After S.H. was removed from the special education program, the School District moved to dismiss S.H.'s mom's Due Process Complaint from late 2009 because it no longer had the ability to hear it. In November 2010, Plaintiffs filed claims against the School District under the IDEA for violating its duty to identify children with disabilities, § 504 of the RA for discriminating against S.H., and § 202 of the ADA for the same reasons. Plaintiffs claimed that the special education services prevented her from enjoying regular-curriculum classes, such as foreign language class. Plaintiffs requested $127,010 in damages. On June 30, 2011, the District Court dismissed the IDEA claim and on July 19, 2012, it granted summary judgment to the School District on the remaining claims. Plaintiffs then appealed.
Plaintiffs first argued that the District Court wrongly dismissed the IDEA claim because it was intended to cover not only children with disabilities but children who were misidentified as disabled. This required the Court to interpret the IDEA statute. The Court first looked at the plain meaning of the statute. The language of the IDEA protected "children with disabilities." The Court interpreted this statute as covering only children with disabilities, not children who were mislabeled as disabled but were in fact not disabled. The Plaintiffs attempted to use legislative history to support their claim arguing that the purpose of the IDEA was to protect minority children from being mislabeled as having a learning disability. However, because the plain language of the statute did not contain ambiguous terms, the Court decided that it did not need to look at the legislative history. The Plaintiffs then argued that the IDEA's Child Find Provision which included "matter relating to identification" language indicated that they had standing to bring a claim under the IDEA. However, the Court rejected this argument because the plain meaning of the statute only included children with learning disabilities. Therefore, Plaintiffs did not have a claim under the IDEA because it only allows children with a disability to bring a claim.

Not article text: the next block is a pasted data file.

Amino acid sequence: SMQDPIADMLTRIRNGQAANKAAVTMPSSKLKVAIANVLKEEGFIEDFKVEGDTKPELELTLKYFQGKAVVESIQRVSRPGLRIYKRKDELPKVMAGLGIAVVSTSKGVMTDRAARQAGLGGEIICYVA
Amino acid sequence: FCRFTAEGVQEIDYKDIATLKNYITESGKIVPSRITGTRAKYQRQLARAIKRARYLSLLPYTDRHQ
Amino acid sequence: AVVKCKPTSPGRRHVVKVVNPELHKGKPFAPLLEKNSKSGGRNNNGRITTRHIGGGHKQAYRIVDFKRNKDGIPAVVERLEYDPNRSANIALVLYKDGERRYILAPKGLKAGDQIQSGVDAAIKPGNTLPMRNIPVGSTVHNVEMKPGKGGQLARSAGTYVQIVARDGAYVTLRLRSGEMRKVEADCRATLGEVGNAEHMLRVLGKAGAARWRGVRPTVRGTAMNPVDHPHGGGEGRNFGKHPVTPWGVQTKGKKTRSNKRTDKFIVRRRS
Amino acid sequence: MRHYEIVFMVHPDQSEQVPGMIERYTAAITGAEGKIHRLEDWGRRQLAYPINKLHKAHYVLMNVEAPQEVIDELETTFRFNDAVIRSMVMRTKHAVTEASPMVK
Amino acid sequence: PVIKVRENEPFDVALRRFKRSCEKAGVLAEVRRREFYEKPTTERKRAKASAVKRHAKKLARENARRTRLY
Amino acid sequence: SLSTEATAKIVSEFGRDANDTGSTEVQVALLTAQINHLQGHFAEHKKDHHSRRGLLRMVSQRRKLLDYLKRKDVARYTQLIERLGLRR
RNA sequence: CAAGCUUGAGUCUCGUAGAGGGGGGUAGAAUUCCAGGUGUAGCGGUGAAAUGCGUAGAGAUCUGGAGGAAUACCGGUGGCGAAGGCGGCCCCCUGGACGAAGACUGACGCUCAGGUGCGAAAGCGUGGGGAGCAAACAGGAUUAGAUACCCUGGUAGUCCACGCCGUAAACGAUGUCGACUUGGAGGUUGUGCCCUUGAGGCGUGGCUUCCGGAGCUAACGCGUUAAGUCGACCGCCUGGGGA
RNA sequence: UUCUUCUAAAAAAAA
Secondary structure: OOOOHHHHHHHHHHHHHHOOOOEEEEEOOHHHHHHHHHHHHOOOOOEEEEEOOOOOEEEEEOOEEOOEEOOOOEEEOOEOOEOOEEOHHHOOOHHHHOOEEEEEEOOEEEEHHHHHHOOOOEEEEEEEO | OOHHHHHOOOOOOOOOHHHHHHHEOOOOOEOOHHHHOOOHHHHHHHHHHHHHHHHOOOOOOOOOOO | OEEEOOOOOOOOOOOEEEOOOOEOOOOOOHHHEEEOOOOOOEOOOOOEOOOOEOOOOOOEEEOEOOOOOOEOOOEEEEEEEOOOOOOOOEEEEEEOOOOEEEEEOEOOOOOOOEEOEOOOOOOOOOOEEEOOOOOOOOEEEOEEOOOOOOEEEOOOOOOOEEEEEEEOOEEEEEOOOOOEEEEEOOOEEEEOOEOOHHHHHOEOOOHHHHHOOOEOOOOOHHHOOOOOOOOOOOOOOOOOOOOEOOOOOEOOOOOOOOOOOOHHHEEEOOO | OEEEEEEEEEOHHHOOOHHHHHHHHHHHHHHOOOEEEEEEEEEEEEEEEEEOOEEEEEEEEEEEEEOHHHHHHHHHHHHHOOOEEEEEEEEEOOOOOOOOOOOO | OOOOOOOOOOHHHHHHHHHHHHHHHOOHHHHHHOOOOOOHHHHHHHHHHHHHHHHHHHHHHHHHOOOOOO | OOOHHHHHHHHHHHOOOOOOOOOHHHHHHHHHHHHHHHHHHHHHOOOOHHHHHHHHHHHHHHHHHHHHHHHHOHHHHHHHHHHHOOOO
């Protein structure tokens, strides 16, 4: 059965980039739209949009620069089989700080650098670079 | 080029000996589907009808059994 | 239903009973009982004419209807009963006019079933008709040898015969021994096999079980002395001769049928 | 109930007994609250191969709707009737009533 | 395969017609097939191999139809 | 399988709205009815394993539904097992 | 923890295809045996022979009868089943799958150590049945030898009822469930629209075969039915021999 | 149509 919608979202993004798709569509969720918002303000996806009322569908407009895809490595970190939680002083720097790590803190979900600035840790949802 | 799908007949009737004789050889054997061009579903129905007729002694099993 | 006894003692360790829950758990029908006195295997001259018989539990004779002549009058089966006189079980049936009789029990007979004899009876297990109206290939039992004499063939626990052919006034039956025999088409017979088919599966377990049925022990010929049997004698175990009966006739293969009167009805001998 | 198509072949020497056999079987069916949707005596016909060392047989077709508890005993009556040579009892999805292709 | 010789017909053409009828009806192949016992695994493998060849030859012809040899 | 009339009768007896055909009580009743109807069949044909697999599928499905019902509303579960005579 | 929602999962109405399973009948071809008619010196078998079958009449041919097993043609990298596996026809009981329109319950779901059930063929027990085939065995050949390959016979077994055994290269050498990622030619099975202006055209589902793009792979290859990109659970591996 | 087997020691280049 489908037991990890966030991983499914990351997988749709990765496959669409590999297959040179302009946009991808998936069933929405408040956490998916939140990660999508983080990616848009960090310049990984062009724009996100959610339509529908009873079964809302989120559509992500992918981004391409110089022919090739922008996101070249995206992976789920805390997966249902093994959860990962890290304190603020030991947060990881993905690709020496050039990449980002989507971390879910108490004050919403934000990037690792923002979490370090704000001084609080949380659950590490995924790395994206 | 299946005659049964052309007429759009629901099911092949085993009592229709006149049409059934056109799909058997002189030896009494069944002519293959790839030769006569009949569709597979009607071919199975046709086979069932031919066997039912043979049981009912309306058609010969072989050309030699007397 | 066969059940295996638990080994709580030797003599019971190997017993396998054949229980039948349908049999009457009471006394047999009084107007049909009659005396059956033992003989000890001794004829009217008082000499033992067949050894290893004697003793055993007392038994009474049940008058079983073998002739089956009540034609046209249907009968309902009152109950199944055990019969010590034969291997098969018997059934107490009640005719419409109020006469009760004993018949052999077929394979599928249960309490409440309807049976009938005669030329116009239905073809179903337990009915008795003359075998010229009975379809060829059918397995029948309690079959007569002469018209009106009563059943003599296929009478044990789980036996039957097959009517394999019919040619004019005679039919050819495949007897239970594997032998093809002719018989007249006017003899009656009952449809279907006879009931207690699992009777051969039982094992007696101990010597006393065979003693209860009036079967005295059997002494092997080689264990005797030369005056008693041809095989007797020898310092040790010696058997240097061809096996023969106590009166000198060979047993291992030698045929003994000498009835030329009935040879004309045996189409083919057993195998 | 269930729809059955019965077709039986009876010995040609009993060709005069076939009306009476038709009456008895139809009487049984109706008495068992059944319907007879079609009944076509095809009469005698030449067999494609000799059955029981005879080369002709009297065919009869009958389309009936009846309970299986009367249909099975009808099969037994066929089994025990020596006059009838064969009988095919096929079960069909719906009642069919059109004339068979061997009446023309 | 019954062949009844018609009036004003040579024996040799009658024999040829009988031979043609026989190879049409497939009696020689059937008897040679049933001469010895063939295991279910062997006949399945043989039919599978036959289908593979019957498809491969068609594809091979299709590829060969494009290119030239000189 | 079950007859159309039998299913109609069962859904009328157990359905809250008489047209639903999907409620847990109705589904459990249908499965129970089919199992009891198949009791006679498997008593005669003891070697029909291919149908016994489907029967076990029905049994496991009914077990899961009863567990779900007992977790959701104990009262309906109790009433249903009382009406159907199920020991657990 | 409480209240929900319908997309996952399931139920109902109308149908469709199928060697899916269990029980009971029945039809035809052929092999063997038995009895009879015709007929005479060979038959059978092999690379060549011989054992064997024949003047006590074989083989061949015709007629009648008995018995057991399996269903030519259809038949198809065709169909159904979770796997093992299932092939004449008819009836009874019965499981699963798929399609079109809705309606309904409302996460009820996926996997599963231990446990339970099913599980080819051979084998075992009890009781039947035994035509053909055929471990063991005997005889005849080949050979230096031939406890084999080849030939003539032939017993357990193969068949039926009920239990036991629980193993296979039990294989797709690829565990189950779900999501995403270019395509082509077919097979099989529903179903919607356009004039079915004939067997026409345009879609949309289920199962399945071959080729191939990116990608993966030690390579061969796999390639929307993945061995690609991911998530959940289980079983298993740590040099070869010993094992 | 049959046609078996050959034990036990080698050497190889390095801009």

Plaintiffs next argued that the School District discriminated against S.H. under the RA and ADA and that summary judgment was improperly granted. The School District argued that to recover compensatory damages, Plaintiffs needed to prove that there was intentional discrimination. To bring successful ADA and RA claims, Plaintiffs have to show that: (1) S.H. has a disability; (2) S.H. was otherwise qualified to participate in a school program; and (3) S.H. was denied benefits of the program or was subject to discrimination because of her disability. Relying on Guardians Assoc. v. Civil Serv. Comm'n of New York, a Supreme Court case that held compensatory damages required intentional discrimination, the Court determined that the RA and ADA also required intentional discrimination in order to recover compensatory damages. This determination was consistent with the Court's sister circuits.
Following the majority of courts that have addressed the issue, the Court determined that deliberate indifference was enough to satisfy intentional discrimination. Deliberate indifference requires: (1) knowledge that a federally protected right is substantially likely to be violated and (2) failure to act. The Court reasoned that this standard fit better with the remedial purposes of the RA and ADA and was consistent with contract law principles while still protecting the disabled. The Court then addressed Plaintiffs' claim that there was an issue of fact as to the School District's knowledge of S.H.'s misidentification. The Court determined that the School District did not have knowledge of the wrong diagnosis prior to the evaluation in 2009. In particular, S.H.'s test scored and grades taken as a whole was not enough to put the School District on notice that she did not have a learning disability. As a result, the Court affirmed the District Court.

To read the full opinion, please visit http://www.ca3.uscourts.gov/opinarch/123264p.pdf.

Panel (if known): Rendell, Greenaway, Jr., Circuit Judges, and Rosenthal, District Judge

Argument Date: May 23, 2013

Argument Location: Philadelphia, PA

Date of Issued Opinion: September 5, 2013

Docket Number: No. 12-3264

Decided: affirmed

Case Alert Author: Kathleen D. Tran

Counsel: Sonja D. Kerr, Esq., Counsel for Plaintiffs; Michael D. Kristofco, Esq., ShaVon Y. Savage, Esq., Jenna B. Berman, Esq., and Amy T. Brooks, Esq., Counsel for Appellee

Author of Opinion: Judge Greenaway, Jr.

Circuit: 3rd Circuit

Case Alert Circuit Supervisor: Professor Mary E. Levy

    Posted By: Susan DeJarnatt @ 09/10/2013 01:13 PM     3rd Circuit  

FuseTalk Enterprise Edition - © 1999-2018 FuseTalk Inc. All rights reserved.

Discussion Board Usage Agreement

Back to Top